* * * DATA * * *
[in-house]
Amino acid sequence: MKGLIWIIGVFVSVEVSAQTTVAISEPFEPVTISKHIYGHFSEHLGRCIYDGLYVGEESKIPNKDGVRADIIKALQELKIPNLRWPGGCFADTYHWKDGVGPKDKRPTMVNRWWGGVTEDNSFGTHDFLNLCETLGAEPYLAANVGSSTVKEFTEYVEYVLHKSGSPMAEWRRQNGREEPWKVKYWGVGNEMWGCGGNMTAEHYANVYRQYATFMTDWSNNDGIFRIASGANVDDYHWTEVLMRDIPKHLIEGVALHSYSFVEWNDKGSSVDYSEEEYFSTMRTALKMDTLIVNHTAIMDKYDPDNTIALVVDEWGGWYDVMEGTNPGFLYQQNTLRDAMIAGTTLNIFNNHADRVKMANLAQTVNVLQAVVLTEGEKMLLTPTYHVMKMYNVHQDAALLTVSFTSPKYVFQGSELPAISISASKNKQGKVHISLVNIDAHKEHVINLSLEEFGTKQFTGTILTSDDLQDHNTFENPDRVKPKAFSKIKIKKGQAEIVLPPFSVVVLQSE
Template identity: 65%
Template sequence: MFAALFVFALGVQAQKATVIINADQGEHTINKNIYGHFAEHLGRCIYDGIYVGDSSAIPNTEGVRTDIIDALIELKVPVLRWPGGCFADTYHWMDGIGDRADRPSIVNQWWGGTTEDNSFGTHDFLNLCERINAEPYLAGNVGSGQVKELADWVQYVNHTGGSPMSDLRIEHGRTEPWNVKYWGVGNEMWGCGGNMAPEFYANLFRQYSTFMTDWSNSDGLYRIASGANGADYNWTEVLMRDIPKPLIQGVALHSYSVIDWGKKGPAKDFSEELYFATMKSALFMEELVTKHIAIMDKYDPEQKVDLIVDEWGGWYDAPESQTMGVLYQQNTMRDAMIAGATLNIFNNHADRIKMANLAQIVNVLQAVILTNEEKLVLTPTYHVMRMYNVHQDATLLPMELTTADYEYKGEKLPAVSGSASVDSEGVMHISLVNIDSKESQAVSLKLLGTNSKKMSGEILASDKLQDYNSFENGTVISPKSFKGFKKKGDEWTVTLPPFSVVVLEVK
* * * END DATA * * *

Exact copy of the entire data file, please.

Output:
[in-house]
Amino acid sequence: MKGLIWIIGVFVSVEVSAQTTVAISEPFEPVTISKHIYGHFSEHLGRCIYDGLYVGEESKIPNKDGVRADIIKALQELKIPNLRWPGGCFADTYHWKDGVGPKDKRPTMVNRWWGGVTEDNSFGTHDFLNLCETLGAEPYLAANVGSSTVKEFTEYVEYVLHKSGSPMAEWRRQNGREEPWKVKYWGVGNEMWGCGGNMTAEHYANVYRQYATFMTDWSNNDGIFRIASGANVDDYHWTEVLMRDIPKHLIEGVALHSYSFVEWNDKGSSVDYSEEEYFSTMRTALKMDTLIVNHTAIMDKYDPDNTIALVVDEWGGWYDVMEGTNPGFLYQQNTLRDAMIAGTTLNIFNNHADRVKMANLAQTVNVLQAVVLTEGEKMLLTPTYHVMKMYNVHQDAALLTVSFTSPKYVFQGSELPAISISASKNKQGKVHISLVNIDAHKEHVINLSLEEFGTKQFTGTILTSDDLQDHNTFENPDRVKPKAFSKIKIKKGQAEIVLPPFSVVVLQSE
Template identity: 65%
Template sequence: MFAALFVFALGVQAQKATVIINADQGEHTINKNIYGHFAEHLGRCIYDGIYVGDSSAIPNTEGVRTDIIDALIELKVPVLRWPGGCFADTYHWMDGIGDRADRPSIVNQWWGGTTEDNSFGTHDFLNLCERINAEPYLAGNVGSGQVKELADWVQYVNHTGGSPMSDLRIEHGRTEPWNVKYWGVGNEMWGCGGNMAPEFYANLFRQYSTFMTDWSNSDGLYRIASGANGADYNWTEVLMRDIPKPLIQGVALHSYSVIDWGKKGPAKDFSEELYFATMKSALFMEELVTKHIAIMDKYDPEQKVDLIVDEWGGWYDAPESQTMGVLYQQNTMRDAMIAGATLNIFNNHADRIKMANLAQIVNVLQAVILTNEEKLVLTPTYHVMRMYNVHQDATLLPMELTTADYEYKGEKLPAVSGSASVDSEGVMHISLVNIDSKESQAVSLKLLGTNSKKMSGEILASDKLQDYNSFENGTVISPKSFKGFKKKGDEWTVTLPPFSVVVLEVK